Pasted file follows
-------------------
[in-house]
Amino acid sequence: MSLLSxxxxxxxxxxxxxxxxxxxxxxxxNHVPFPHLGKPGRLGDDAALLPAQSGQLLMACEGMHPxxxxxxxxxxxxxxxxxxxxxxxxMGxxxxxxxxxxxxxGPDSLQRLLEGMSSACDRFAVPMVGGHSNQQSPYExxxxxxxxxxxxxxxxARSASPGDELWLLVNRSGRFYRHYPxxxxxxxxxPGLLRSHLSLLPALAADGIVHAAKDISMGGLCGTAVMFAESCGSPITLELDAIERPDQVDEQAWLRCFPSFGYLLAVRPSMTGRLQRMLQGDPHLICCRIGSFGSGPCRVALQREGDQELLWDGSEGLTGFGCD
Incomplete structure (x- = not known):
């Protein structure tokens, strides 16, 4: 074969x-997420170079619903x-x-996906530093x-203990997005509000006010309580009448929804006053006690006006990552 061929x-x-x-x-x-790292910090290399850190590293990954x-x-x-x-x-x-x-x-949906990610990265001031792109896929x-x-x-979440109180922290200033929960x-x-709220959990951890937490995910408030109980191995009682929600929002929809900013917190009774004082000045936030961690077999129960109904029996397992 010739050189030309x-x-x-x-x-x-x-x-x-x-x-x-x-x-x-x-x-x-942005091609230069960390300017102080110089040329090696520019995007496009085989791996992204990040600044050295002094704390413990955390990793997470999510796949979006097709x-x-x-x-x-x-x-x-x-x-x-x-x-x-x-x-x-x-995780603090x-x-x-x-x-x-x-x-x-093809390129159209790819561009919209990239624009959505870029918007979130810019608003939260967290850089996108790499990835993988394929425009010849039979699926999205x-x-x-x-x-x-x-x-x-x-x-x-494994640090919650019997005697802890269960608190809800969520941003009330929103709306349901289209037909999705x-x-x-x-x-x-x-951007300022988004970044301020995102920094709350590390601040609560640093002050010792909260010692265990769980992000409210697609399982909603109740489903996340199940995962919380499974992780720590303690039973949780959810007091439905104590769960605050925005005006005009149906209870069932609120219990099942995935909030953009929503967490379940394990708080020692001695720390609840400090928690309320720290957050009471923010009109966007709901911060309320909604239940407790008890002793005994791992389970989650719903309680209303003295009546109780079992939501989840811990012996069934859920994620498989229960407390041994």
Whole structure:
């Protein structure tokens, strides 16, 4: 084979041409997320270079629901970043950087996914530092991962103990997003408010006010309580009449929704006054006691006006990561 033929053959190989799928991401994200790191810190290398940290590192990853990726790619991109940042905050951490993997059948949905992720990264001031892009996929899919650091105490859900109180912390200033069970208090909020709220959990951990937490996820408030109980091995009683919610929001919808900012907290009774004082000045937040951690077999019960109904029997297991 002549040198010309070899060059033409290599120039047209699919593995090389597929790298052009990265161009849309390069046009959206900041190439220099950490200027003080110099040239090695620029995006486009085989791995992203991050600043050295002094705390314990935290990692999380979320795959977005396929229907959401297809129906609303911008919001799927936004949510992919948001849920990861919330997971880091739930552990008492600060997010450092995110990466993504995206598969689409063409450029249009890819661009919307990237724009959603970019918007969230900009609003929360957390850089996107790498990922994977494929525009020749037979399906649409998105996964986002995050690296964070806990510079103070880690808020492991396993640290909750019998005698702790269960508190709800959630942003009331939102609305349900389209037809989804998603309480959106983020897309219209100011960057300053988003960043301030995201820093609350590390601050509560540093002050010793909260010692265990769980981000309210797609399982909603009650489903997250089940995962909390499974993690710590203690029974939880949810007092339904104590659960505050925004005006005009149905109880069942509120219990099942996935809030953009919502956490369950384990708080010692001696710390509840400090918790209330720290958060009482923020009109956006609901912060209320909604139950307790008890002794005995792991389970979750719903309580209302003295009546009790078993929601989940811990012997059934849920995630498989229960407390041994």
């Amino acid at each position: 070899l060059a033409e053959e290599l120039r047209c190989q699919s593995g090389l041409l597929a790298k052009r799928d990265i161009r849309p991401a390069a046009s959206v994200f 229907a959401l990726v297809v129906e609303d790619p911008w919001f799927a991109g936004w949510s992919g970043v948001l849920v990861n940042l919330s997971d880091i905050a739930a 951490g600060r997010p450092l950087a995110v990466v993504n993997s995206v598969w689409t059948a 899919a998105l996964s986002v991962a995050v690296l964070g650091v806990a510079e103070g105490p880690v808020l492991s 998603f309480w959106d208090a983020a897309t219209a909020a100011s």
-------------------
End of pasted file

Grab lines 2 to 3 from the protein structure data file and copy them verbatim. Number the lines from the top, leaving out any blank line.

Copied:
Amino acid sequence: MSLLSxxxxxxxxxxxxxxxxxxxxxxxxNHVPFPHLGKPGRLGDDAALLPAQSGQLLMACEGMHPxxxxxxxxxxxxxxxxxxxxxxxxMGxxxxxxxxxxxxxGPDSLQRLLEGMSSACDRFAVPMVGGHSNQQSPYExxxxxxxxxxxxxxxxARSASPGDELWLLVNRSGRFYRHYPxxxxxxxxxPGLLRSHLSLLPALAADGIVHAAKDISMGGLCGTAVMFAESCGSPITLELDAIERPDQVDEQAWLRCFPSFGYLLAVRPSMTGRLQRMLQGDPHLICCRIGSFGSGPCRVALQREGDQELLWDGSEGLTGFGCD
Incomplete structure (x- = not known):